How To Improve Your Credit Score

There are several ways to improve your credit score. Most of them include a common sense approach to money management. If you are just starting out or you are trying to rebuild these tips will help you have a great credit score. We all know that having a great credit score is a good thing to have if you want to take out a loan for a car or house and get credit cards for life’s little emergencies.

Before we begin reviewing credit scores, there are a few basic things we need to review. In any loan, there are two parts of any payment: principle (the money they are loaning you) and interest (the fee they are charging you for the privilege of loaning you money). When you pay you are paying on both of these things. Depending on how the loan is amortized depends on where your money is going. For example, the most common loan amortization schedule is 30 years. Building, or rebuilding, a good credit history takes time and consistency.

Forget the minimum payment

Pay as much as you can afford to all your credit cards, loans, or anything else that you have financed. Paying only the minimum payment will get you nowhere, fast. Paying more will let you work on both the principle and the interest and work toward paying off the debt quickly.

Consolidate, Consolidate, and Consolidate

Like a corporation that consolidates to save money and employees, you should consolidate to save on interest fees. If you can combine a few credit cards together to save on interest, especially if there are low introductory rates. This is a great way to pay off your debt at much less cost to you and build up good payment history which weighs heavily in your overall score.

Pay Your Bills on Time

If you are able, always send everyone something including utilities because it all affects your overall credit score. By paying everyone something, you keep accounts open and prevent negative reports against your credit. Your score also improves when you pay your bills and when you do it on-time. This is true for both your credit cards and your utilities.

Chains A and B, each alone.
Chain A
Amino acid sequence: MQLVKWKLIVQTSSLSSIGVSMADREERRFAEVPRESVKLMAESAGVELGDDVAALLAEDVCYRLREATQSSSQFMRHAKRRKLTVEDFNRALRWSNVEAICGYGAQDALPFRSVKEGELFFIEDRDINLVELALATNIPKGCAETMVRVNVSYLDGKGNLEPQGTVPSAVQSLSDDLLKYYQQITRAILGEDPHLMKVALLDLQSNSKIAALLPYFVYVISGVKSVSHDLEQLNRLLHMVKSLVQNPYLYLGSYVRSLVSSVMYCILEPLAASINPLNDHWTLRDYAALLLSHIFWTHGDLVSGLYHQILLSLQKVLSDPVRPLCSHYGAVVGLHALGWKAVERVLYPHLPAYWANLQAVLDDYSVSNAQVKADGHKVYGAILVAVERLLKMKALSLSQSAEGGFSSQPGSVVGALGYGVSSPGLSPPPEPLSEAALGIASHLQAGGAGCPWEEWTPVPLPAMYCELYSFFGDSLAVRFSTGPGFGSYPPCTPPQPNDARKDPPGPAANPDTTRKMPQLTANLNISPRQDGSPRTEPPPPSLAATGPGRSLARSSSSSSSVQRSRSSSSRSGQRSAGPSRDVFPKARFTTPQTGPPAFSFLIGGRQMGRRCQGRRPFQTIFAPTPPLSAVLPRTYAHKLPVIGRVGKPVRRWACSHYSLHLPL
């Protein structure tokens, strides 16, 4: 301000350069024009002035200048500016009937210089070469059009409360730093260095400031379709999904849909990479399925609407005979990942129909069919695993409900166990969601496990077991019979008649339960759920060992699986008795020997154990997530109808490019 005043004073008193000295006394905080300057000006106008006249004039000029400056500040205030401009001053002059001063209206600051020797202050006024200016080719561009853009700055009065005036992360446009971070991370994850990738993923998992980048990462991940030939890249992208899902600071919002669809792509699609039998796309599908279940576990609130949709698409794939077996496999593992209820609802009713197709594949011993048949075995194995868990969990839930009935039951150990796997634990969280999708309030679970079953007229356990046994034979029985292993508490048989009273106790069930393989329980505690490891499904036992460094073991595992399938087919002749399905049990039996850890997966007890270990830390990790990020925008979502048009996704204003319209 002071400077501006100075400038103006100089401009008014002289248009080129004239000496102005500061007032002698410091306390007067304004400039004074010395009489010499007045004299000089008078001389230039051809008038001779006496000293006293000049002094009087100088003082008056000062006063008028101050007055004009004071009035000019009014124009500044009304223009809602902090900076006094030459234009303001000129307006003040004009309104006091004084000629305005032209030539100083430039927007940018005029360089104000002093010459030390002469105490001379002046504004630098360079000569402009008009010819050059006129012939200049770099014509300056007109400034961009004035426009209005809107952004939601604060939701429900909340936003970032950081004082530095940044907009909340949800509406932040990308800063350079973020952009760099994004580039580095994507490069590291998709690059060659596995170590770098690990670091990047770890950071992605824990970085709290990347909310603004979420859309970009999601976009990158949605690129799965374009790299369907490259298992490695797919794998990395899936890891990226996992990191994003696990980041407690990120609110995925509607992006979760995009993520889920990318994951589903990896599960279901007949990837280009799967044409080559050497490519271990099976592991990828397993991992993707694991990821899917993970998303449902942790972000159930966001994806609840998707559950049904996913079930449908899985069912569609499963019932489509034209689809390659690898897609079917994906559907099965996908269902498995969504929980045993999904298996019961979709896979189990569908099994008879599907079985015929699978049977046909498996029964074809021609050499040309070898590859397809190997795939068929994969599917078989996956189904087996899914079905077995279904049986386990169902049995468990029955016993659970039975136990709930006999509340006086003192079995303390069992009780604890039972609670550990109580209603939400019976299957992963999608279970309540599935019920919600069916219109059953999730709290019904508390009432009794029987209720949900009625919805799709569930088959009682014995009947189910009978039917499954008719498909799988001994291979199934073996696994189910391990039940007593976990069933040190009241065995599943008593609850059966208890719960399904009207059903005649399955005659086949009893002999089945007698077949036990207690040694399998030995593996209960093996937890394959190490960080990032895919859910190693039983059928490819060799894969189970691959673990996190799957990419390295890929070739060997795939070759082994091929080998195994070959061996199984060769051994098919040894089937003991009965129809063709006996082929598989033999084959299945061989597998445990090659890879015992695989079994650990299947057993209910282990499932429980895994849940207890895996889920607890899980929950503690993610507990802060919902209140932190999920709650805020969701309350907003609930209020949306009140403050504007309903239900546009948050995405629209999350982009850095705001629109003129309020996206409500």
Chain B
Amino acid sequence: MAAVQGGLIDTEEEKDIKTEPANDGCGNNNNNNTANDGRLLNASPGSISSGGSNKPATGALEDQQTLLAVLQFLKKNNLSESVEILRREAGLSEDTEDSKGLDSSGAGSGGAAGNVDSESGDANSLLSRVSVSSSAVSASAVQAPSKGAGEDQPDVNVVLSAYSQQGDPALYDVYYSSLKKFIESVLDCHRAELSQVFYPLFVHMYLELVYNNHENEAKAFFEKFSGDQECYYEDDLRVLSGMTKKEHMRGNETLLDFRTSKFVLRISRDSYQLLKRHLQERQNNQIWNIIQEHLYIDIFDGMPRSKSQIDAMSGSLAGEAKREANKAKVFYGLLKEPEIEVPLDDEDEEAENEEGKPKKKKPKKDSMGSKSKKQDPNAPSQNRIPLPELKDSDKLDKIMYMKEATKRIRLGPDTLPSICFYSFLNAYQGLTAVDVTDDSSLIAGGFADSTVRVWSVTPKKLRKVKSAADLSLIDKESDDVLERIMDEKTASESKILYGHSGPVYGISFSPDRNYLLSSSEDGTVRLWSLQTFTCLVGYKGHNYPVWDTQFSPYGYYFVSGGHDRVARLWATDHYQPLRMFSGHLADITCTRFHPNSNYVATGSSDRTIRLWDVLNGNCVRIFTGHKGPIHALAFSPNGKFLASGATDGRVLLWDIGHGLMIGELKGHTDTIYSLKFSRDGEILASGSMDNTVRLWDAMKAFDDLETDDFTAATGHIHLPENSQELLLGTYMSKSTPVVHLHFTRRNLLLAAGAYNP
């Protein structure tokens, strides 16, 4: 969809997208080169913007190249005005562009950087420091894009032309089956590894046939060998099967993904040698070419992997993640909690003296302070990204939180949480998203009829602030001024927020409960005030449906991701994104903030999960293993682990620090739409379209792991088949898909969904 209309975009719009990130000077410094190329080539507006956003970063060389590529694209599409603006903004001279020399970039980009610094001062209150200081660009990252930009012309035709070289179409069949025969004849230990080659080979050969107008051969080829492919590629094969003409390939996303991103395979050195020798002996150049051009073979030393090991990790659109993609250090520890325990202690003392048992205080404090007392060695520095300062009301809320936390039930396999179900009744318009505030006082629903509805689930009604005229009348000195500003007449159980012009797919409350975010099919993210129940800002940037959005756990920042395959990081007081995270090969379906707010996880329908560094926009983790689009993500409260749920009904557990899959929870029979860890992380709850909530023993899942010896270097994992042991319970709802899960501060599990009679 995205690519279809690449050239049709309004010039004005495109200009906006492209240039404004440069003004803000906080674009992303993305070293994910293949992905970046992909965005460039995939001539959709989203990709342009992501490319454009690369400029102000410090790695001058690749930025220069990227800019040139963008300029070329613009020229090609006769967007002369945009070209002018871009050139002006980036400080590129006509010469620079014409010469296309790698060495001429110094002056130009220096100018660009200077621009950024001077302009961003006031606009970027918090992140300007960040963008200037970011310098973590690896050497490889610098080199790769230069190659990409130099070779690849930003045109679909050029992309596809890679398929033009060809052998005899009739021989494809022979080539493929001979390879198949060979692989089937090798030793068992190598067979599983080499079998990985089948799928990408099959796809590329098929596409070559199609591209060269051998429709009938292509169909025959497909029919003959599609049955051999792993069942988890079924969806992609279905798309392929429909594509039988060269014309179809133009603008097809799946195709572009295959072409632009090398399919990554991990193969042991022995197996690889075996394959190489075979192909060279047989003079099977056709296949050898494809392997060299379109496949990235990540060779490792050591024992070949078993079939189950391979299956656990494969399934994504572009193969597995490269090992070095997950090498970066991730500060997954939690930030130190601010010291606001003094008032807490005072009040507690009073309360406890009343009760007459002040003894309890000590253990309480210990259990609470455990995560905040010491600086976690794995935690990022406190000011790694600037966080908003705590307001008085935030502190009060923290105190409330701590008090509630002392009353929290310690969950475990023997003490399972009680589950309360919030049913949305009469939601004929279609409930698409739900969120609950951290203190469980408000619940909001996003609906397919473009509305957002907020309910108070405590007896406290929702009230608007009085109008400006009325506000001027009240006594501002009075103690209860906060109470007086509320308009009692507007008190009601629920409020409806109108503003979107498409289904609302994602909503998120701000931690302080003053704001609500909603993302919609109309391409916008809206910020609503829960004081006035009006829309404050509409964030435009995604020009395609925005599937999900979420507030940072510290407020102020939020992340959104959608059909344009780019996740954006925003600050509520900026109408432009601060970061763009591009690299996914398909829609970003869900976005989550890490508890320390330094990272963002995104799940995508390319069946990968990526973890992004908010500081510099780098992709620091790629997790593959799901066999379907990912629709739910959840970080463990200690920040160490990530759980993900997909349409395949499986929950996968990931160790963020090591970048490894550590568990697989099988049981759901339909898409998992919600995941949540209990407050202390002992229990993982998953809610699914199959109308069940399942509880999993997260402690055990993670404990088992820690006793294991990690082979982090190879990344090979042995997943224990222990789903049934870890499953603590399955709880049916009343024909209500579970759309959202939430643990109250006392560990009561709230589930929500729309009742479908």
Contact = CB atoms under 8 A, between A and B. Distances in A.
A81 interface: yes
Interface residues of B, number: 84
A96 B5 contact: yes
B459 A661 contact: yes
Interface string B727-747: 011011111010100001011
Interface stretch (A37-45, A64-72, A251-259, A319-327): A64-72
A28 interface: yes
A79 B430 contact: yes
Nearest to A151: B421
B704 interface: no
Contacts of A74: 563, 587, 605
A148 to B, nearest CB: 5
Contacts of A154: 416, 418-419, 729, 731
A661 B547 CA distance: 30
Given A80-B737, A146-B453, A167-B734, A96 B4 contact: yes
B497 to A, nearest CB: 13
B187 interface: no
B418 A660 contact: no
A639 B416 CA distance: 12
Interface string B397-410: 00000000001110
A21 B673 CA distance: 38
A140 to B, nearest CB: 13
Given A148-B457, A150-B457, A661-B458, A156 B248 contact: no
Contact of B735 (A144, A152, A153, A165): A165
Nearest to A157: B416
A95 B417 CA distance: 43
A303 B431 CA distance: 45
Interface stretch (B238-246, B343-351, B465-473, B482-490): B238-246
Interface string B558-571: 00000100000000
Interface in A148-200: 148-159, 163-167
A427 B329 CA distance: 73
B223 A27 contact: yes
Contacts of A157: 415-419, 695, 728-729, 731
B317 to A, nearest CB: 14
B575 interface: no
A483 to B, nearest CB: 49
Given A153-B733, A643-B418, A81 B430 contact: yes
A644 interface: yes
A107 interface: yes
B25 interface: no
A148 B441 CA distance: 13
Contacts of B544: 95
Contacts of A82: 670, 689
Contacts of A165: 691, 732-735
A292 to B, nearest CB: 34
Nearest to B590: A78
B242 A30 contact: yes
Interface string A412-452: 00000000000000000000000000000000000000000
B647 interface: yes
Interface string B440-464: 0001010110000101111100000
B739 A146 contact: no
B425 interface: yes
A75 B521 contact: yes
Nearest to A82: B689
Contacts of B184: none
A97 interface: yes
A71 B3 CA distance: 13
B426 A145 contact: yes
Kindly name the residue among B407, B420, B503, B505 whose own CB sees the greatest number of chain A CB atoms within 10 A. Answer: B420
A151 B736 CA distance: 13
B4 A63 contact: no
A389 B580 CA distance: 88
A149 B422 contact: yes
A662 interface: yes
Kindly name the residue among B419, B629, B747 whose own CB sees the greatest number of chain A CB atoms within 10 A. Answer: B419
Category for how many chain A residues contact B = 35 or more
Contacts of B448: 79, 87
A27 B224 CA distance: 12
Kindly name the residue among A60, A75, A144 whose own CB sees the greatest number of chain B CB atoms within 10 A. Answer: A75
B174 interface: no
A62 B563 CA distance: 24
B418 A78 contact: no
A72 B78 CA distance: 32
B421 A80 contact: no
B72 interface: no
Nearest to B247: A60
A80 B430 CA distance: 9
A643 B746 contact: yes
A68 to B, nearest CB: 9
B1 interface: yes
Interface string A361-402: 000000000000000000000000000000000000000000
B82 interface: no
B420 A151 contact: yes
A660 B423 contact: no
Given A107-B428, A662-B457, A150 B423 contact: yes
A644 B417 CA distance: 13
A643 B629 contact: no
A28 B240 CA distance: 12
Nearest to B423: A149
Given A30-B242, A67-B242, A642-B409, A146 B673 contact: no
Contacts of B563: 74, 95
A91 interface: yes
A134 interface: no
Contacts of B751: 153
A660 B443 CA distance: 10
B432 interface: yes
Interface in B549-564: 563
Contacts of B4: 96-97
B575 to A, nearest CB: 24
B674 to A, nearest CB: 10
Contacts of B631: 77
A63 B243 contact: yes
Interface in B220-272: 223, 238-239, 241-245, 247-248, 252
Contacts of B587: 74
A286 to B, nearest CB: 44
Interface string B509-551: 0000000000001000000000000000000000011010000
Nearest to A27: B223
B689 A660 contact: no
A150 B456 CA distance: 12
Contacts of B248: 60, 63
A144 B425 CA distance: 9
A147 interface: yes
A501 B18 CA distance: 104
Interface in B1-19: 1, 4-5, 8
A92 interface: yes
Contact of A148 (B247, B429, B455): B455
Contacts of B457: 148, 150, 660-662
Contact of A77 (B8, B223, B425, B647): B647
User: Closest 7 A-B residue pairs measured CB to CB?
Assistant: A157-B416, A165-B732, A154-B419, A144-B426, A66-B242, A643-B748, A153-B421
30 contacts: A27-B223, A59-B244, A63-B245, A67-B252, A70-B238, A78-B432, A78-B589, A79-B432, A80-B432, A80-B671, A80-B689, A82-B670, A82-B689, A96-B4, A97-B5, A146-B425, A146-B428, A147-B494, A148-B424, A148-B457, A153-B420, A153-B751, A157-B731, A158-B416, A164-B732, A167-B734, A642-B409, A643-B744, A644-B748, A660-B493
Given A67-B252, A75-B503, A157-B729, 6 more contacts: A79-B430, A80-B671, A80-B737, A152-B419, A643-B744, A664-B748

If you have had credit problems, the most important thing you can do is get rid of the old debt. Collections or charge-offs can drag your credit score down. Call those creditors and see what you can do to negotiate and see if you can pay the accounts off because it will help your score.

Plan Your spending

We all know that we need to spend money, but if you make a plan you can make wise choices about your money. Begin with calculating your income and debts. Then, take whatever is left over and use it for your monthly entertainment, clothing and food expenses. Also, don’t forget to save at least 10 percent of your income every month to keep yourself paid as well.

Insurance Score

An insurance score is similar to a credit score except that it is used only by insurance companies. This score is based on your credit history, and it is designed to determine how likely you are to file an insurance claim at some point in the life of your policy. Your insurance score is used by the company in order to determine how high your insurance premiums should be. If you have a high insurance score, your insurance premiums will be lower than if you had a low insurance score.

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